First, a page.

.net - retrieve - serialize datatable




What's the best way to jSON serialize a.NET DataTable in WCF? (3)

When I configure WCF to use jSON serialization, and include a DataTable in one of my DataContracts, it serializes the DataTable to XML before serializing the entire DataContract to jSON. I want the DataTable to be serialized as jSON, not XML.

My questions are:

  1. Why does it serialize the DataTable to XML first?
  2. How can I get it to serialize to jSON instead?

  1. DataTable is a pure .NET construct which cannot be (easily) represented in a lossless manner by JSON. DataTables contain lots of additional information which JSON cannot store: Primary keys, autoincs, allow nulls, caption, data type, indexes, etc. Serialization to XML/Binary are the only ways a DataTable can be serialized natively by .NET. This XML serialized DataTable is then serialized to JSON.

  2. Use JSON.NET or FastJSON to convert a DataTable to a plain, clean JSON-compatible version of the DataTable, which can be consumed by any JSON client, not just .NET WCF clients. You will lose all DataTable custom properties mentioned in (1) above and only get the field name/value JSON pair. Storage in this fashion is inefficient due to the duplication of field names in every row.

Don't use DataTable in your DataContract. If you want the benefits of a DataTable and your clients are always going to be .NET, serialize the DataTable to a byte array via Binary Serialization and then optionally compress the resultant serialized byte stream. Expose a byte array in your DataContract. This will give you an efficient, fully lossless version of the DataTable on the client-side (after decompression and binary deserialization), not a watered-down JSON version of a DataTable (as offered by (2))...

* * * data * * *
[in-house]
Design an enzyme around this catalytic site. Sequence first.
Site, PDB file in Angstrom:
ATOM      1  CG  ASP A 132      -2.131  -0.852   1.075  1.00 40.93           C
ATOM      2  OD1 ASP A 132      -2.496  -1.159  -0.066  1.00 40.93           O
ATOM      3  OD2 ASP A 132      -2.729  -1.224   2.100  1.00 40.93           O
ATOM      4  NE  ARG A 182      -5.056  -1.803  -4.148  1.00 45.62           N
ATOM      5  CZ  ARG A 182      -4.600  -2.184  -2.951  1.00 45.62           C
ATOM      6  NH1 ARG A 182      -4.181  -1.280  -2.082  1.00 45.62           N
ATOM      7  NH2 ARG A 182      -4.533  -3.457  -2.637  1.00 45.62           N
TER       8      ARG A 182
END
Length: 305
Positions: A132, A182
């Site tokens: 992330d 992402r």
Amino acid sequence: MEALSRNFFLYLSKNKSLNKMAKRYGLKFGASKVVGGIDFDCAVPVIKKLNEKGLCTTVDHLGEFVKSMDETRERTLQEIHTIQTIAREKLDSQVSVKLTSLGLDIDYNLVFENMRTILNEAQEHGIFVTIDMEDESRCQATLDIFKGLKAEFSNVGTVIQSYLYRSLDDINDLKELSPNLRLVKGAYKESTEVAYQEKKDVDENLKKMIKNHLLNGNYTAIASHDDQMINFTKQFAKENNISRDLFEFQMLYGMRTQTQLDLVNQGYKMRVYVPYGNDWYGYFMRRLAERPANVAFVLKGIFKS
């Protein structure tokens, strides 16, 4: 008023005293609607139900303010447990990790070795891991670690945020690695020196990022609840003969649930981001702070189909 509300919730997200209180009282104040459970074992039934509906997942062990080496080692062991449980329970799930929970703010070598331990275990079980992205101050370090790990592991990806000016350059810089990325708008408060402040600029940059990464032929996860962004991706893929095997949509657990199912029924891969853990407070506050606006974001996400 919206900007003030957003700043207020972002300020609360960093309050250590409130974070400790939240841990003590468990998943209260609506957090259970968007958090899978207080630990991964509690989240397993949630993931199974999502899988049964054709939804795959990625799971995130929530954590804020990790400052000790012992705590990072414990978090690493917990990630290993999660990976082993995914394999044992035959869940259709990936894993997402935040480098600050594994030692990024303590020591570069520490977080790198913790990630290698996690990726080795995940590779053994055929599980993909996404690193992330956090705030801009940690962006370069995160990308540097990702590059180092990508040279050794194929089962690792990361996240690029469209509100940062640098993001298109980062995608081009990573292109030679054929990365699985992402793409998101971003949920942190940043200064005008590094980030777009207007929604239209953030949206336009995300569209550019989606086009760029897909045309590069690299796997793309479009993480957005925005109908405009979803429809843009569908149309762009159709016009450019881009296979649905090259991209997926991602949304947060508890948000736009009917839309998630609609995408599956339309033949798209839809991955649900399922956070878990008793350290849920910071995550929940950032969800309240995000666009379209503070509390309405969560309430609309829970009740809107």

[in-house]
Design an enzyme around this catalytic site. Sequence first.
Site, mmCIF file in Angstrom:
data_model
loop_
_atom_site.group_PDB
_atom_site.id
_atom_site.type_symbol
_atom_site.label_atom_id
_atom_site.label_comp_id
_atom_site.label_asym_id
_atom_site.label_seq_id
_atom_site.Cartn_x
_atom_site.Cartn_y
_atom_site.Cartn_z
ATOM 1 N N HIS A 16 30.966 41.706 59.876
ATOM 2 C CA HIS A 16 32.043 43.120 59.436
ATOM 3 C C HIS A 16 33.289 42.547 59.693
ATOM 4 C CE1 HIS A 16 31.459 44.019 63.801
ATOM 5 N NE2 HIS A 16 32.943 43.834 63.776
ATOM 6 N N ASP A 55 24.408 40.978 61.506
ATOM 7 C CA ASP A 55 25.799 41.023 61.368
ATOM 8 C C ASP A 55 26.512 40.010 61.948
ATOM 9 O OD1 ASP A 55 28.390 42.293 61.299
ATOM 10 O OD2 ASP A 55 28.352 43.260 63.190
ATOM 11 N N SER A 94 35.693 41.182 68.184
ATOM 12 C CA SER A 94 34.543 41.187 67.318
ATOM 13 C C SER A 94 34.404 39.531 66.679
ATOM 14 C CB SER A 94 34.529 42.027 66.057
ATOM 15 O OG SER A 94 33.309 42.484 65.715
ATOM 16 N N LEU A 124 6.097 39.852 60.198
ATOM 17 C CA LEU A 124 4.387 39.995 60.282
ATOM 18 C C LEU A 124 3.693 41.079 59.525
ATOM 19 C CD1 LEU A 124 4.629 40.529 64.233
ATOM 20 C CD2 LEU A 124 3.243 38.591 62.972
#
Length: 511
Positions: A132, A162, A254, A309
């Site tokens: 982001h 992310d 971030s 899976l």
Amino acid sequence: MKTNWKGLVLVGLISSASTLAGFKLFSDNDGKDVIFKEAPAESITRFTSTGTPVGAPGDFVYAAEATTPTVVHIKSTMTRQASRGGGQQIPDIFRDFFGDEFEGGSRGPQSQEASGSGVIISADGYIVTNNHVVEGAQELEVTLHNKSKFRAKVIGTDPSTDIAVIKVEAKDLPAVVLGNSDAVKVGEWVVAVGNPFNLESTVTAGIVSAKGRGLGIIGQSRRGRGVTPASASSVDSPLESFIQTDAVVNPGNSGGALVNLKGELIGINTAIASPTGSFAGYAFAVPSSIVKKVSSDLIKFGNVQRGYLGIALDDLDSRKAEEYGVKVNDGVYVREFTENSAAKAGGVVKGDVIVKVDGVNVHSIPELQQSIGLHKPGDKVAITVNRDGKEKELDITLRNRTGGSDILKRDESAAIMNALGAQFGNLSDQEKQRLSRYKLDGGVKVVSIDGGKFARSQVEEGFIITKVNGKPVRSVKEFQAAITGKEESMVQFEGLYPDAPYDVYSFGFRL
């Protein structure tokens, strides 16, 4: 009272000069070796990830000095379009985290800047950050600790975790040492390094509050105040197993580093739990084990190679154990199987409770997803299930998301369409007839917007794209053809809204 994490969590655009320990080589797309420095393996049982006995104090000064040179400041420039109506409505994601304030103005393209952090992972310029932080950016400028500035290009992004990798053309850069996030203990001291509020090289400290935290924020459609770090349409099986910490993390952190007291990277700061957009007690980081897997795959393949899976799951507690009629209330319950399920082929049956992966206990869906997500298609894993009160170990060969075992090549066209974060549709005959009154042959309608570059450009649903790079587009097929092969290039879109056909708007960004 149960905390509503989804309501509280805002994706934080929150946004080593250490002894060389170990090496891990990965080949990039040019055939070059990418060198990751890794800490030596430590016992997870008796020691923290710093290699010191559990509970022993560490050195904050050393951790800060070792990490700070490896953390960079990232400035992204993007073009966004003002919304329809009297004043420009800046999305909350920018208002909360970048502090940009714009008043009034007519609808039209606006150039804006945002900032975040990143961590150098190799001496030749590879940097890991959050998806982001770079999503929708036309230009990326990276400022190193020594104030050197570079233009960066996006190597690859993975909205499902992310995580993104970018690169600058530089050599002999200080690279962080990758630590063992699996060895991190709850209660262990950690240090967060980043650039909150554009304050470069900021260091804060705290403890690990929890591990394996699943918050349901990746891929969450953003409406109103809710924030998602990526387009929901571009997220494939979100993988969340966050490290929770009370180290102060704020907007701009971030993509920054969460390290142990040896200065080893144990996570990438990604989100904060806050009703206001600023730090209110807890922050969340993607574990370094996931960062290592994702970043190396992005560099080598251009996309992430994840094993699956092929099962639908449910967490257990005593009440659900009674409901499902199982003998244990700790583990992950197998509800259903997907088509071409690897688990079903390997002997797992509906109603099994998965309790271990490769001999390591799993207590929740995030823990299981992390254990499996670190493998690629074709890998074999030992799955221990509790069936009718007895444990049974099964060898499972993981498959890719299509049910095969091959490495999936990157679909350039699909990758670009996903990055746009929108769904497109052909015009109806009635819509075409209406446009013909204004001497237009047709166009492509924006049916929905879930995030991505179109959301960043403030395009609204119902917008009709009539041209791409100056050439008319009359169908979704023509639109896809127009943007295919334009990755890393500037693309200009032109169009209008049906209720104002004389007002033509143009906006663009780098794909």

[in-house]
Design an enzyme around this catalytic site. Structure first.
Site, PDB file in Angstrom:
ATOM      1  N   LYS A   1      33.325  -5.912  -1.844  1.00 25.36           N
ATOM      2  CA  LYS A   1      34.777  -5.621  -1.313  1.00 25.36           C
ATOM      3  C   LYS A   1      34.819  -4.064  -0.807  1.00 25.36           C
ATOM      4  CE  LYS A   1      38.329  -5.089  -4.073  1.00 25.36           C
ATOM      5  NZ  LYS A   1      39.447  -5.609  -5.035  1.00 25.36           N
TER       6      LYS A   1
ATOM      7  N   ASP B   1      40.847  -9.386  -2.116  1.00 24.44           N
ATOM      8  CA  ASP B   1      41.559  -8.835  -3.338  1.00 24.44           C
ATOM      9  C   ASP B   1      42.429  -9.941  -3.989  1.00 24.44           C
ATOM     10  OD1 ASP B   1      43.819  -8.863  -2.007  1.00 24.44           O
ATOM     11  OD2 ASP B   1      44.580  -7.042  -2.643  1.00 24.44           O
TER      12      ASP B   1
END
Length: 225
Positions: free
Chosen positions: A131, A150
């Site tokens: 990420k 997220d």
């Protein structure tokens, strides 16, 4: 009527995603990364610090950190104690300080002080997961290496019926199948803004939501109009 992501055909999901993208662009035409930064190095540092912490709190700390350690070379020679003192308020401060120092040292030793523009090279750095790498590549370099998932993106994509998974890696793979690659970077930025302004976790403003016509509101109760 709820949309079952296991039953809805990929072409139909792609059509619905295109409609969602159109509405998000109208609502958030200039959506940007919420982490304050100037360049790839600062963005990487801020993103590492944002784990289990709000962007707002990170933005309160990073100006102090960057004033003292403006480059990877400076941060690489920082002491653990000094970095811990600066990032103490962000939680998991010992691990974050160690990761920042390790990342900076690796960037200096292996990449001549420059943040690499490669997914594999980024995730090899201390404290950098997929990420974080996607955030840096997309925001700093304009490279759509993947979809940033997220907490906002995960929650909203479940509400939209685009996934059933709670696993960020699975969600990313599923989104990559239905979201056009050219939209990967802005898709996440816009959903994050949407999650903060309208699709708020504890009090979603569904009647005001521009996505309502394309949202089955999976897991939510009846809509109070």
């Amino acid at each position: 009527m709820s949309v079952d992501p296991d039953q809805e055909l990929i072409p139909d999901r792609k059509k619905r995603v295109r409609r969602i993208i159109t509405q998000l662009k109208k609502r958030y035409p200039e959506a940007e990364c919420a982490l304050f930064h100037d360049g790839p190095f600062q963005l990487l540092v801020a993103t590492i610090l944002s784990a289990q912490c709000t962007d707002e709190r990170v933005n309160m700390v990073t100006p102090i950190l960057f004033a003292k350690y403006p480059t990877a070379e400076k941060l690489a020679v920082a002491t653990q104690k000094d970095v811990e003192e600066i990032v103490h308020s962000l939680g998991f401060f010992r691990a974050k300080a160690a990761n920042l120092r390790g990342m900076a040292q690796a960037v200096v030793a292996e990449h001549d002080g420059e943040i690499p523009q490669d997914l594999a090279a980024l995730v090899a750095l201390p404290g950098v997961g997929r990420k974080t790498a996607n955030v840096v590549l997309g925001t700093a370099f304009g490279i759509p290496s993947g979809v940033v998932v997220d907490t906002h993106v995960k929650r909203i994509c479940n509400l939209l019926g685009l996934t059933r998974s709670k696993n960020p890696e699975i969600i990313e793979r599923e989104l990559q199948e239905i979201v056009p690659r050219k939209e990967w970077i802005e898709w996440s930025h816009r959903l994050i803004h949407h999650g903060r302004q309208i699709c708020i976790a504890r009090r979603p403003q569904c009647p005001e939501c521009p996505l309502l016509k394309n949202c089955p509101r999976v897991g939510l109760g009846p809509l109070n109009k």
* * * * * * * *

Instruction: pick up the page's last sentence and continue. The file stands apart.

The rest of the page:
According to the chart on its homepage, Json.NET is really your only option - you can quickly get it from NuGet. Fortunately it's a great library and very easy to use.

string json = JsonConvert.SerializeObject(myDataSet, new DataSetConverter());

Note that Rich Strahl has a great post with more details, and he also includes some custom work he did to use JavaScriptSerializer with (rather extensive) custom converters for the sake of comparison.


Try this:

public string ConvertDataTabletoString(System.Data.DataTable dt)
{
    System.Web.Script.Serialization.JavaScriptSerializer serializer = new System.Web.Script.Serialization.JavaScriptSerializer();
    List<Dictionary<string, object>> rows = new List<Dictionary<string, object>>();
    Dictionary<string, object> row;
    foreach (System.Data.DataRow dr in dt.Rows)
    {
        row = new Dictionary<string, object>();
        foreach (System.Data.DataColumn col in dt.Columns)
        {
            row.Add(col.ColumnName, dr[col]);
        }
        rows.Add(row);
    }
    return serializer.Serialize(rows);
}




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